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Grand Rapids, MI

Conversation on the Church 1

Yesterday, I had lunch with some friends, and we had a healthy conversation that was both helpful and frustrating.  I want to share a few things with you. It started out with someone mentioning the book Why We're Not Emergent: from two guys who should be.  I suggested my own critique of the book, summarizing that I thought - like most critiques of the emergent church - it was unbalanced and unfair.  I suggested that one of my great frustrations was that the book often used older books, quotes, and periphery issues to take pot-shots at this movement.  Now, of course, late 1990's and early 2000's isn't old, but in terms of the Emergent Movement it is.  In fact, take a look at this googletrends graph that shows searches starting only in 2004.


Emergent Church

There has been a lot of change and development in recent years and quick dismissals over old or careless statements doesn't represent the movement as a whole.  Now, hear me carefully... I wouldn't consider myself a member of emergent, even if I am very sympathetic to many of their thoughts and ideas.  I do love the conversation and I think some helpful things have come out of it.  Anyway...

One of the things we really began talking about was what reform was needed in the church and what real reform was happening.  It's my contention that Emergent is a renewal movement within the church, some of the renewal is good and biblical, some of it is headed, in my view, in the wrong direction.  

In any case, one thing that a friend at the table said was, "I just don't want to lose or let go of things that are important."  To which I retorted, "I don't want to hold onto things that aren't essential."  

In this sense, I can be accused of being a liberal.  Why?  Because to be conservative in many ways means to preserve the past or the status quo, being liberal means to be more open to modification and change.  If we're just talking about form here, I'm certainly a liberal.  With regards to theology, I'm more conservative.  This brings me to an important question about the appropriate stance for Christians, or are there different stances or postures for different times and issues?  Many of you know my passion for cultural engagement and transforming culture.  It's hard to do that from a conservative stance or posture.  Not impossible, just harder, and I suppose we have to ask ourselves for what end?  For what end are we preserving the past or the status quo?  For what end might we consider change, innovation, or creativity?  How do these ends or how does the telos of our faith and the identity and mission of the church define whether we are to be (culturally, liturgically) conservative or liberal?  And is it possible to be a theologically conservative cultural liberal or a theologically liberal cultural conservative?  Sure it is.  I can give you a number of examples.  Many of my friends, though, fall into one of three camps:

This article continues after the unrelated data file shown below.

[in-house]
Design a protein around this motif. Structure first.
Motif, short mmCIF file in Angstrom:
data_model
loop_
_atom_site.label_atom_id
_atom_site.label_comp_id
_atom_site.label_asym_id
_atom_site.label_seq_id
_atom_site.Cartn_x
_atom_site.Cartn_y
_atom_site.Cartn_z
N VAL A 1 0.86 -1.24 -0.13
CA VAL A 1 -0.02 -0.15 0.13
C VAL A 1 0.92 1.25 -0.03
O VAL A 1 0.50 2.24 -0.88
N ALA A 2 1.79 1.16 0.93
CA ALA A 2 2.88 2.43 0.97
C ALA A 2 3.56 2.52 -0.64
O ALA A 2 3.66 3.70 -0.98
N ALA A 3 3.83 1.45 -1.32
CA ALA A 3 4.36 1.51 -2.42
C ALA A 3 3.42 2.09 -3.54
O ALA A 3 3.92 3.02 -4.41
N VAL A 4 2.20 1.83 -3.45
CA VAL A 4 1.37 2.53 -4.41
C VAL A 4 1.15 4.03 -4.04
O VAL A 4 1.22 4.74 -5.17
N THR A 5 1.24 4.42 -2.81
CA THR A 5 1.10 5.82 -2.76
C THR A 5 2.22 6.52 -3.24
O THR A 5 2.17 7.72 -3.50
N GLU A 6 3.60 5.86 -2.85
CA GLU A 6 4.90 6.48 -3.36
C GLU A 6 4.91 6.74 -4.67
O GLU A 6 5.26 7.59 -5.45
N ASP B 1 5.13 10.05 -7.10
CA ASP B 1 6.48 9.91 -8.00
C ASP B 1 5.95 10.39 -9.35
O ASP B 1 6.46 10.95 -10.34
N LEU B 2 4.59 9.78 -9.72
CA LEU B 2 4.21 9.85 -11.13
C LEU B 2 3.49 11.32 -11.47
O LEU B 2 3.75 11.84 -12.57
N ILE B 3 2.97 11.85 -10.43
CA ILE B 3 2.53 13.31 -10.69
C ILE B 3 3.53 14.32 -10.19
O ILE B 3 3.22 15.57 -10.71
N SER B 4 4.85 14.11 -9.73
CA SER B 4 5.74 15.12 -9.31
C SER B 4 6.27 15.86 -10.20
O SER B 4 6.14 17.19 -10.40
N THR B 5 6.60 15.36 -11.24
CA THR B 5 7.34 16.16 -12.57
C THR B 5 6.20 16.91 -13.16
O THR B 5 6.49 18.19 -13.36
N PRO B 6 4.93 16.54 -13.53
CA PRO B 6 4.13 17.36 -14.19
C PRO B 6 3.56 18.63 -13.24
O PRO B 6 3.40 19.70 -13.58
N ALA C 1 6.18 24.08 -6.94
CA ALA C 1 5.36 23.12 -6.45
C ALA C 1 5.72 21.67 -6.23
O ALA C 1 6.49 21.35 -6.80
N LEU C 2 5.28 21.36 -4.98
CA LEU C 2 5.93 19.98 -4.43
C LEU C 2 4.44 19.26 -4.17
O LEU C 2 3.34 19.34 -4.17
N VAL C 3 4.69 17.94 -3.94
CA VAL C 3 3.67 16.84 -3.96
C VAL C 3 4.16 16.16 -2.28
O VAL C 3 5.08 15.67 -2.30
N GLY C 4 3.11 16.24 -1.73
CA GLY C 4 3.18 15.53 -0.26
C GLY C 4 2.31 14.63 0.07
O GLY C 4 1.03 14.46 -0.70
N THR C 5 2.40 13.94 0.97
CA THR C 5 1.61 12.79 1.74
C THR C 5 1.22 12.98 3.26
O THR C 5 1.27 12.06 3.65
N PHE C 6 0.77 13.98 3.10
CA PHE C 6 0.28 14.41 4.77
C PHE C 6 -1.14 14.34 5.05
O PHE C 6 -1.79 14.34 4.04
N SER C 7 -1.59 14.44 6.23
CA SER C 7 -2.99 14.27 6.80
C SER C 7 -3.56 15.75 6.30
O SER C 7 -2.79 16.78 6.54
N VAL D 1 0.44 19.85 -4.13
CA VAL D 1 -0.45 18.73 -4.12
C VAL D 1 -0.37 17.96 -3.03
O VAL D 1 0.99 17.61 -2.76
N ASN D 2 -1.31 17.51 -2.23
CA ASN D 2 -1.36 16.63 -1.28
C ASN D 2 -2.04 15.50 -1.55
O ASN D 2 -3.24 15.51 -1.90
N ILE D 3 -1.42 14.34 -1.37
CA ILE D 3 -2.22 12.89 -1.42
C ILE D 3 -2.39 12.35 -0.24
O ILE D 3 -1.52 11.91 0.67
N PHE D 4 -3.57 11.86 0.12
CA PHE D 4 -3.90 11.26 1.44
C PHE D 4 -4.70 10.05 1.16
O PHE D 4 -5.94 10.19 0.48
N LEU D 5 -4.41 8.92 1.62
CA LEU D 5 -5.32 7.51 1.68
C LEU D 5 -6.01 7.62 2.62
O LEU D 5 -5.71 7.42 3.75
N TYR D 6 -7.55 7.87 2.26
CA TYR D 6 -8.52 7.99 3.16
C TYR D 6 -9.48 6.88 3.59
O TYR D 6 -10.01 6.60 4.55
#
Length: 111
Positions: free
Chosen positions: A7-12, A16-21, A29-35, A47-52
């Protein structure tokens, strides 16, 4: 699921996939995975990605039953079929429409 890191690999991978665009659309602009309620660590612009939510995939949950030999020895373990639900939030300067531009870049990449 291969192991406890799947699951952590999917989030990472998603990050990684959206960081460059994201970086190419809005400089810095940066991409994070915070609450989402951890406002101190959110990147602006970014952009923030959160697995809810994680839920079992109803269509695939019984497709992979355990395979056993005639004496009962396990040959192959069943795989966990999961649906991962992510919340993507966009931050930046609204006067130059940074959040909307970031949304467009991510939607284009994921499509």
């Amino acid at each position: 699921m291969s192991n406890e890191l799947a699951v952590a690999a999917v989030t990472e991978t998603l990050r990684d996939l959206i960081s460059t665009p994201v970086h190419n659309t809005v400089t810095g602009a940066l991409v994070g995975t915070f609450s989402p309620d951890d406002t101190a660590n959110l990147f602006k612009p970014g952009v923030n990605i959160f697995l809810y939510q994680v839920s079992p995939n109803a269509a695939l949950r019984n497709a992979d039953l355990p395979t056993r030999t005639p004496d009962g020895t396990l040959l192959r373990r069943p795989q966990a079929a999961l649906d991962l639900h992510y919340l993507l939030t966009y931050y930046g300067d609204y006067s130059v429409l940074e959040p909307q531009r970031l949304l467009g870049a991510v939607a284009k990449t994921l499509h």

1. Theologically and culturally conservative
  2. Theologically liberal and culturally conservative
  3. Theologically and culturally liberal
Not as many people are what I would consider theological conservative cultural liberals.  Mark Driscoll (who I often disagree with) has a great analogy of one hand open (culturally) and one hand closed (theologically).  The difficulty comes, I suppose, when we begin to ask questions about the closed hand, what belongs in the closed hand, how much or how little, etc.  I think my friend was afraid that I was willing to mess with too many things in the closed hand.  Maybe, maybe not.
Again, it goes back to that wonderful phrase attributed to many, but I think it was Wesley who said it:  In essentials, unity.  In non-essentials, liberty.  In all things, charity.  The question, though, is what are the essentials and non-essentials?  That may be where we disagree.  However, the problem is usually not whether we agree with what the essentials are (at least among my friends) but rather how open we are to change or let go of things we really like that are non-essentials.  That's the hard part - in the church our tendency is to hold on to things that aren't essential with not only incredible tenacity, but with violent response to loss, heart-wrenching division, and words of anathema for those who dare ask us to change. 
Well... enough in this post.  I'll continue this conversation in the next couple of posts.